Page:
"Could three of the four largest cities be that wrong?" asks Tom Clark of the Metro Denver Economic Development Corp., referring to Colorado cities that have passed (or, like Denver, are working to pass) their own ordinances on construction defects reform. They have done so, Clark argues, because state legislators have repeatedly failed to pass statewide reform.
For more on this, see our earlier story on Senate Bill 177.
Denver is next to take matters into its own hands.
As Ed Sealover reports for the Denver Business Journal, Denver Mayor Michael Hancock is "moving ahead" with an ordinance that will change the rules in lawsuits involving condos.
Generally known as "construction defects reform," supporters of such measures say that they will encourage builders to do what they do - build condominiums - and therefore increase the supply of housing (including affordable housing) in the Denver metro and elsewhere in Colorado. Opponents say that such measures merely protect builders from liability and remove access to justice for homeowners and HOAs faced with construction defects.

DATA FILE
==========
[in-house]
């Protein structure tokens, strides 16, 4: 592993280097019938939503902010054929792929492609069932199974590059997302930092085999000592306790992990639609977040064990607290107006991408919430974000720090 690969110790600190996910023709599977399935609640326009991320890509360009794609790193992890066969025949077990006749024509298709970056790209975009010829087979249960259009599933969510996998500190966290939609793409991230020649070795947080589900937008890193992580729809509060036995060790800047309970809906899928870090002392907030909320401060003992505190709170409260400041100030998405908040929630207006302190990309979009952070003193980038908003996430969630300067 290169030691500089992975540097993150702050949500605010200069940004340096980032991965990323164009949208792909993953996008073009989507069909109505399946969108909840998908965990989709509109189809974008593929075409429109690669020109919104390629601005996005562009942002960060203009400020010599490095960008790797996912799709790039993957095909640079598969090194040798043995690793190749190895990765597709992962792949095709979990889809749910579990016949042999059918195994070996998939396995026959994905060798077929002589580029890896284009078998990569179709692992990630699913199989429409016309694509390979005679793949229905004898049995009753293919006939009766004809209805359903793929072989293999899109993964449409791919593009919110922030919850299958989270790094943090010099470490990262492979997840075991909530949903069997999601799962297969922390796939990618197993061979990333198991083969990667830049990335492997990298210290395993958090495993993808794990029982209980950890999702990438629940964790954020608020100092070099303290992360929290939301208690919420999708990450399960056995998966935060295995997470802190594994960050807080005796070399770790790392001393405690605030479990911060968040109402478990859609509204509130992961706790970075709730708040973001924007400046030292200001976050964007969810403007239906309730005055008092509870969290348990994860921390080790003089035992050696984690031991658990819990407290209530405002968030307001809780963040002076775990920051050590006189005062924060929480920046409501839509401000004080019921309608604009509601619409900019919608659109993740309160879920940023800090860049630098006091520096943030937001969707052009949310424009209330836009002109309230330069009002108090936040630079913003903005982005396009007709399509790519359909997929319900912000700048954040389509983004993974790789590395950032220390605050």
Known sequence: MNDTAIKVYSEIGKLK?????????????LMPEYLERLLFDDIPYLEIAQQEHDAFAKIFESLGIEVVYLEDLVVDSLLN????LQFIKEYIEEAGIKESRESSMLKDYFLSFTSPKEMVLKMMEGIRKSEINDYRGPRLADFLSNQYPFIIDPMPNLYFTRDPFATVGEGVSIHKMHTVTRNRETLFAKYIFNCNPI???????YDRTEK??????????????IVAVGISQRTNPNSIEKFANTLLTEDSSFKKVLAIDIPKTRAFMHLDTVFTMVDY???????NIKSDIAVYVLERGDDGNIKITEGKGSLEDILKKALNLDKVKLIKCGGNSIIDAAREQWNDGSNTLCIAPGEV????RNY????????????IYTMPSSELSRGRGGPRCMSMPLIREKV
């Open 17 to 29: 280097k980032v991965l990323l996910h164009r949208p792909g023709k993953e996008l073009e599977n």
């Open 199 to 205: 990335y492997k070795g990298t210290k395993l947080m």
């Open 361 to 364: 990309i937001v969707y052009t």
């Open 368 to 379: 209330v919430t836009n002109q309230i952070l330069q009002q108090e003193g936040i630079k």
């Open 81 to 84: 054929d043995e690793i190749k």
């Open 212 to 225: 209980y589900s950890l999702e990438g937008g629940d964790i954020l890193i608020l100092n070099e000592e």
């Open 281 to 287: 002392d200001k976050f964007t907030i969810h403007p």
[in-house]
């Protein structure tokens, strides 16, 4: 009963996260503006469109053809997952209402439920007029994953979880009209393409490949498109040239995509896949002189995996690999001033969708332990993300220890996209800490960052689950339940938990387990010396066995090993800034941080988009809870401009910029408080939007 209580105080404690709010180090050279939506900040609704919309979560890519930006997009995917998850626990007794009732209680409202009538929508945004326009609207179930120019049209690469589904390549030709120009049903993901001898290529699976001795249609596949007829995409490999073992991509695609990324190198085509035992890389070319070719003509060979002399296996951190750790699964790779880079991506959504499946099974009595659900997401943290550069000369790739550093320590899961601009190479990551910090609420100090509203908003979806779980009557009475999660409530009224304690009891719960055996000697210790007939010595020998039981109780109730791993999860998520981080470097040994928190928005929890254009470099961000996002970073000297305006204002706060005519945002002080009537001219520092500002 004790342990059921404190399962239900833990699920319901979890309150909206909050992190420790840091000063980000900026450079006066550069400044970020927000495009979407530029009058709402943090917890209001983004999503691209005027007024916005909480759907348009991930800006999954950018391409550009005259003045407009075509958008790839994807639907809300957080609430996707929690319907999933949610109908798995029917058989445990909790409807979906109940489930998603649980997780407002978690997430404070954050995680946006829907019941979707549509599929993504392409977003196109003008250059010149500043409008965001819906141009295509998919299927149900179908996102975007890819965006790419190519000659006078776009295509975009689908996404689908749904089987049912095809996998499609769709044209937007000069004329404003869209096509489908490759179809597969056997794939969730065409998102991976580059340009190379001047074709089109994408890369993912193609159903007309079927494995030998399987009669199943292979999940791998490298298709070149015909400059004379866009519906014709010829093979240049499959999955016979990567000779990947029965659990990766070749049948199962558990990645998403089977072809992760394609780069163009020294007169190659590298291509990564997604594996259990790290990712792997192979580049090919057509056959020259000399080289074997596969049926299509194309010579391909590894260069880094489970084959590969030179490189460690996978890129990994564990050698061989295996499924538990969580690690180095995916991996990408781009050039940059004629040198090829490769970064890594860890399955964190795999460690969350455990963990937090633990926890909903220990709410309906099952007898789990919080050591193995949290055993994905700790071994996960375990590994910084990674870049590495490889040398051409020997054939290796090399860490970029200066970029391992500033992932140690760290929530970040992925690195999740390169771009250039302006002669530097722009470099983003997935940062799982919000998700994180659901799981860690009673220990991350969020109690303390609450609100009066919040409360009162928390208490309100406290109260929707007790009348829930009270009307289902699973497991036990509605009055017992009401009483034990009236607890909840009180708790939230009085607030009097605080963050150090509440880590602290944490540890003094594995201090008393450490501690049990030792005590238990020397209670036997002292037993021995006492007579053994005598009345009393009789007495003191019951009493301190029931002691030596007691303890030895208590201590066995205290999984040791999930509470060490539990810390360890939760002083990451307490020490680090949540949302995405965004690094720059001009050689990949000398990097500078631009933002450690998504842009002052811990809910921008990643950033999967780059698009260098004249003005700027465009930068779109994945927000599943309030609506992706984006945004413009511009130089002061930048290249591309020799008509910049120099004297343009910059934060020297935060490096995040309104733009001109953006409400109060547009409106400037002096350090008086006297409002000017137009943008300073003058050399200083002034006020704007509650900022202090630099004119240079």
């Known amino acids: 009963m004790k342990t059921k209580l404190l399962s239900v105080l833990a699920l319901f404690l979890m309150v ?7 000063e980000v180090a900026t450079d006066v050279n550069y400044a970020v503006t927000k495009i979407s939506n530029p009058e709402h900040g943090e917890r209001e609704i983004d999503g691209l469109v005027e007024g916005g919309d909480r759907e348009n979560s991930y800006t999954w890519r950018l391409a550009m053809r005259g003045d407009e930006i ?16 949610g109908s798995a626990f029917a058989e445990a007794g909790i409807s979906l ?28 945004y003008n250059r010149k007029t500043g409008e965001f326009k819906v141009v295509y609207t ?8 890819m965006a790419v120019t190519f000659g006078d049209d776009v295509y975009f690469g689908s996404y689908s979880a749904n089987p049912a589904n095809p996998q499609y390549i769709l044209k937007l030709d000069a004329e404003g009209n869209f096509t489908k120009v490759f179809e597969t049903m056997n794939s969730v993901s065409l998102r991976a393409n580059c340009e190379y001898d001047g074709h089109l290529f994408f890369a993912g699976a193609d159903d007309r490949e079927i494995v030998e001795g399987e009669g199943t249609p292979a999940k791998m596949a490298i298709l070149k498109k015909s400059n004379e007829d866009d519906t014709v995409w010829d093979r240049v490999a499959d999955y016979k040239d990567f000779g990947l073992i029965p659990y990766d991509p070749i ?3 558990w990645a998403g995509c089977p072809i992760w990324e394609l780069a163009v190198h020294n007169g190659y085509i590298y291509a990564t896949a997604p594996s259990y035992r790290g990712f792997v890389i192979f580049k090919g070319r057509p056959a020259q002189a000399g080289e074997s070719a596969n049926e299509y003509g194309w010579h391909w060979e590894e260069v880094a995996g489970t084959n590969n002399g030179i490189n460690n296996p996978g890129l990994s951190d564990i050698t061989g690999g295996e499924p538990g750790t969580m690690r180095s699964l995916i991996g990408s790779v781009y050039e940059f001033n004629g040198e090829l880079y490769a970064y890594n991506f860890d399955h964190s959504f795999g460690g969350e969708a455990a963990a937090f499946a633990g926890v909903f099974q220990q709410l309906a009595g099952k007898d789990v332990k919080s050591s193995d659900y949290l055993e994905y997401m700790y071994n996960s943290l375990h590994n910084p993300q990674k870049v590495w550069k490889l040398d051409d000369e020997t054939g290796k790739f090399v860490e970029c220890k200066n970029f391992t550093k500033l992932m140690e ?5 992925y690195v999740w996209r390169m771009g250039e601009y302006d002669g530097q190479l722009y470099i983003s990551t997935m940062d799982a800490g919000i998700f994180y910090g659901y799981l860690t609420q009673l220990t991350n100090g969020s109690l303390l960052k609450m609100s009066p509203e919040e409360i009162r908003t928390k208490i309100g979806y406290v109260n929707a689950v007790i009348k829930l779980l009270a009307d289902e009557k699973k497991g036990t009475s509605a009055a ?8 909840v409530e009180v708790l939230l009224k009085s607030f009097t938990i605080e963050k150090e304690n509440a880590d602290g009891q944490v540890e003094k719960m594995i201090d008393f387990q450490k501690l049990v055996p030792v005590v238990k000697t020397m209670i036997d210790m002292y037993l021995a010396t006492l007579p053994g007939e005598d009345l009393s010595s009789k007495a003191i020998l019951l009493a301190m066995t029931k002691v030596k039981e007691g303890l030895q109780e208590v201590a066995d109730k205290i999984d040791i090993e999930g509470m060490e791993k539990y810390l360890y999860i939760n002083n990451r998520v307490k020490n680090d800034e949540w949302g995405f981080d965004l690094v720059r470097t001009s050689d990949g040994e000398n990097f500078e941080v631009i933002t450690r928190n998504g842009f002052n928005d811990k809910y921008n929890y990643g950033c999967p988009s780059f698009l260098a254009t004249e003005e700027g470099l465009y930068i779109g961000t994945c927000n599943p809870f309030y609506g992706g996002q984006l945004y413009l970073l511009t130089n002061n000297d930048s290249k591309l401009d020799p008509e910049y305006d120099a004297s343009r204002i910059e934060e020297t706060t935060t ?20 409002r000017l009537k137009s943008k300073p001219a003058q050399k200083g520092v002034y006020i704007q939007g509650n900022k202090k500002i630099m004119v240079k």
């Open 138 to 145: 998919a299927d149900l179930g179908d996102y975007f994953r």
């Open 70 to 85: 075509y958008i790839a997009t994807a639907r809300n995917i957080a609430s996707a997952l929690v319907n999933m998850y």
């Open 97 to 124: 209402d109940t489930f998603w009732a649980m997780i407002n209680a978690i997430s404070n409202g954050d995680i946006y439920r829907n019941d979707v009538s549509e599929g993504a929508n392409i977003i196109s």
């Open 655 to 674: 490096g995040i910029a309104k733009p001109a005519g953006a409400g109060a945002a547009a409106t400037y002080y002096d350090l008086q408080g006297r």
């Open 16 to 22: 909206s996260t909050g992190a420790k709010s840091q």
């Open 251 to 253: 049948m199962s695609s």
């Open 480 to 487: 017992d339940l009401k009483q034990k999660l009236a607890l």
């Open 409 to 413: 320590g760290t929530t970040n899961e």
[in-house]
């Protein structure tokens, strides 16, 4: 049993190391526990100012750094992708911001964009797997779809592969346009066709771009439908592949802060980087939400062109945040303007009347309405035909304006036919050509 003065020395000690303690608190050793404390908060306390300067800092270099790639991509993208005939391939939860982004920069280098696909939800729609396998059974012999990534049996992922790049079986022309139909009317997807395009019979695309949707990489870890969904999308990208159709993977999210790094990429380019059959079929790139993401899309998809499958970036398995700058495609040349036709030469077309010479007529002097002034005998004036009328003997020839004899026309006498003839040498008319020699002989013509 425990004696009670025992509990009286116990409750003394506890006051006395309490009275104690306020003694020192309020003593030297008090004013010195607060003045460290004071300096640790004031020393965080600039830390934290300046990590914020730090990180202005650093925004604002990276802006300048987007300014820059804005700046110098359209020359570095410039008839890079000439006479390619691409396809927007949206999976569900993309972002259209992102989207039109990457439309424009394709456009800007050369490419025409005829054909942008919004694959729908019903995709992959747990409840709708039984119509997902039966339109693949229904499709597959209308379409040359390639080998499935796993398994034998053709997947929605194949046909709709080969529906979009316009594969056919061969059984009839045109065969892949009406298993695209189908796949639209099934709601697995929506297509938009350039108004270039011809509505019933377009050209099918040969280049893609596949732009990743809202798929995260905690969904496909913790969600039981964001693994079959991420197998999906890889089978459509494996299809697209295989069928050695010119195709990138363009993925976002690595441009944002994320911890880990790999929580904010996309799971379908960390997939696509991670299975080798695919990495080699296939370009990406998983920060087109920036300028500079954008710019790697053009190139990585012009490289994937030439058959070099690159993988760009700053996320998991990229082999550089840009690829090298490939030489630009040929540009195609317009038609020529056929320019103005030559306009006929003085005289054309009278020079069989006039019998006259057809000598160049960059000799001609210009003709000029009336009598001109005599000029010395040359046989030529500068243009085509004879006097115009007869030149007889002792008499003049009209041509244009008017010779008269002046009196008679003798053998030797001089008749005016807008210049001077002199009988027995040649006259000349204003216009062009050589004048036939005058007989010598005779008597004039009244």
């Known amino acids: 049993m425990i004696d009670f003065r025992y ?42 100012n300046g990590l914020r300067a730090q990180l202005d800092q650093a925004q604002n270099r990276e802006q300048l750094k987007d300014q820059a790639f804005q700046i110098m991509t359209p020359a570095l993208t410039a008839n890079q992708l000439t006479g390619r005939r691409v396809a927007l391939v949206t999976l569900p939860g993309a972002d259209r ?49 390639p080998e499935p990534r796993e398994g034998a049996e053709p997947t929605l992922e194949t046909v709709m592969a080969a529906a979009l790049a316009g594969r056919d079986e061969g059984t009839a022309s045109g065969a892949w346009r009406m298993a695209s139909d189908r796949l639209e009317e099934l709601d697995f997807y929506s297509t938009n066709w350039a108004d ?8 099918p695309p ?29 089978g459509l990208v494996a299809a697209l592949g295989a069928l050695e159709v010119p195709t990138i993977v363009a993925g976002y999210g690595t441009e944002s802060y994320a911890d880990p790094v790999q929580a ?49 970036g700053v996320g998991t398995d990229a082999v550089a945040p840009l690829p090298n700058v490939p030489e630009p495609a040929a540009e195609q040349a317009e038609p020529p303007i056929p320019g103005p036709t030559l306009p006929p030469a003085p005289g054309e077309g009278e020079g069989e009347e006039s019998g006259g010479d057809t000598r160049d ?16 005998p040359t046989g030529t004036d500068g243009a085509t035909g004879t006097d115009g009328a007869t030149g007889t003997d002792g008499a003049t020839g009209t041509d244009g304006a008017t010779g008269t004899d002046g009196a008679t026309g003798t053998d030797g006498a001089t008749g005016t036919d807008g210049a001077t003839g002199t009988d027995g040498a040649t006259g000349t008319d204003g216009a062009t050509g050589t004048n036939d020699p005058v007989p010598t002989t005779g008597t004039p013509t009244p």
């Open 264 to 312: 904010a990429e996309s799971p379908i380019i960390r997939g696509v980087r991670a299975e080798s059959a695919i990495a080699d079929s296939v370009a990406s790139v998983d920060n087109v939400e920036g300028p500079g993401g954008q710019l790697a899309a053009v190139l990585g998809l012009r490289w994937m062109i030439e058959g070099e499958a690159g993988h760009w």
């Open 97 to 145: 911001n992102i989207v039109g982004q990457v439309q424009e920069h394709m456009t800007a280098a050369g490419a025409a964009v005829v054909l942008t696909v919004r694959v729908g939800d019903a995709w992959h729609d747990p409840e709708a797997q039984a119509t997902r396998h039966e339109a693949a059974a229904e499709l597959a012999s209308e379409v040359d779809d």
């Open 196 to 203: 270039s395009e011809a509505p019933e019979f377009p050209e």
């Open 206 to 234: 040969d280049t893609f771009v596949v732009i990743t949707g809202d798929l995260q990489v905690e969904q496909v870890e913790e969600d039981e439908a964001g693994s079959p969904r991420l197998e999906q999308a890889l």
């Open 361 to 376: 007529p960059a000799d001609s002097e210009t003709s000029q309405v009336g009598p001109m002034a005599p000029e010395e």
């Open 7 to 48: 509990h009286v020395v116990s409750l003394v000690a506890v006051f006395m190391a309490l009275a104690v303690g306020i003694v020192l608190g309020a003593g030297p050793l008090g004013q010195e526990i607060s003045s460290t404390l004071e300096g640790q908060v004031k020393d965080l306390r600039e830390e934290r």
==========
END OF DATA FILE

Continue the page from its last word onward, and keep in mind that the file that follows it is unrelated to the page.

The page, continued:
If Denver passes this ordinance, it would give builders a right to first repair defects before being dragged into court, as well as require arbitration rather than courtroom litigation to resolve disputes. Both measures would presumably reduce costs for builders and encourage development.